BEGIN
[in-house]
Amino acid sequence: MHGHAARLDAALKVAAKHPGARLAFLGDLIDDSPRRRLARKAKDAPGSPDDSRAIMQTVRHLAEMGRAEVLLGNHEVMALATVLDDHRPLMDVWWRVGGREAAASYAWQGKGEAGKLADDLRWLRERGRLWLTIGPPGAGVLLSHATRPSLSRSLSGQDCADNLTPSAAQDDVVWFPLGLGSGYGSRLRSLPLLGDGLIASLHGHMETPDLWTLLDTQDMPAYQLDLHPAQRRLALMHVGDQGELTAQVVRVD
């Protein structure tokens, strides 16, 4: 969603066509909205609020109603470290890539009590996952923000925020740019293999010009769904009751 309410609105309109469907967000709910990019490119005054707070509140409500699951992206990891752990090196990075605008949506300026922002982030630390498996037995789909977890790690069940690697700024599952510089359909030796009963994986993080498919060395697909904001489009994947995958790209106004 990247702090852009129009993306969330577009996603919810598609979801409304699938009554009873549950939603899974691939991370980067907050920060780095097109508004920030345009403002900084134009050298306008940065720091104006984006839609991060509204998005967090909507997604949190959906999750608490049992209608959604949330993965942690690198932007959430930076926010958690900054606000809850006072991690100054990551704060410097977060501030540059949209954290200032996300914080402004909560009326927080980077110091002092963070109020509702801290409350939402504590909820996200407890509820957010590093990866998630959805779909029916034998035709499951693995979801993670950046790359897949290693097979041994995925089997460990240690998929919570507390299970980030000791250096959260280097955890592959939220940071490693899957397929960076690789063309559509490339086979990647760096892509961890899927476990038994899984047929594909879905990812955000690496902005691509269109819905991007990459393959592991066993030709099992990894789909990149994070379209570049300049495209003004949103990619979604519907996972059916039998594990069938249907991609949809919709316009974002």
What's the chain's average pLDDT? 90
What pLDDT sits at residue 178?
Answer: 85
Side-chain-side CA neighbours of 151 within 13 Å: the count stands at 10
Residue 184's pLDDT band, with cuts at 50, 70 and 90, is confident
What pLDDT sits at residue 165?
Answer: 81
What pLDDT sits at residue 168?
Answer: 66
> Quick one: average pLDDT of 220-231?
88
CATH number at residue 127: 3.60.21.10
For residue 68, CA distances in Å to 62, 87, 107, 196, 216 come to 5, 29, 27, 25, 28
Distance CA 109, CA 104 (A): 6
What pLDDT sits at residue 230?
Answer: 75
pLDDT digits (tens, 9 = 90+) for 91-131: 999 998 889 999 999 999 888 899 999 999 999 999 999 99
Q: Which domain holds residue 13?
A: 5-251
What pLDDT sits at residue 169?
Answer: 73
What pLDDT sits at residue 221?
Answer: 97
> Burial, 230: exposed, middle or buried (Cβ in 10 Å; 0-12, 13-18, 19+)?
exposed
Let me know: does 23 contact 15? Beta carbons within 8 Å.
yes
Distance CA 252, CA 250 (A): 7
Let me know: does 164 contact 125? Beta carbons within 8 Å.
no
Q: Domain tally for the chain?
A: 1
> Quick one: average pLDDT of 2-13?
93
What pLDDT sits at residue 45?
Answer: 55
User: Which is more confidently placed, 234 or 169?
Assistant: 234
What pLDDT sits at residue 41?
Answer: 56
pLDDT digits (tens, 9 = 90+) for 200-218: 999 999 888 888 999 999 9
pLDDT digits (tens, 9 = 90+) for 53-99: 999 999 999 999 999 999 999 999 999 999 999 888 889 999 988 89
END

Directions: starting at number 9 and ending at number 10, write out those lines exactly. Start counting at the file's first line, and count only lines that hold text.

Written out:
What pLDDT sits at residue 165?
Answer: 81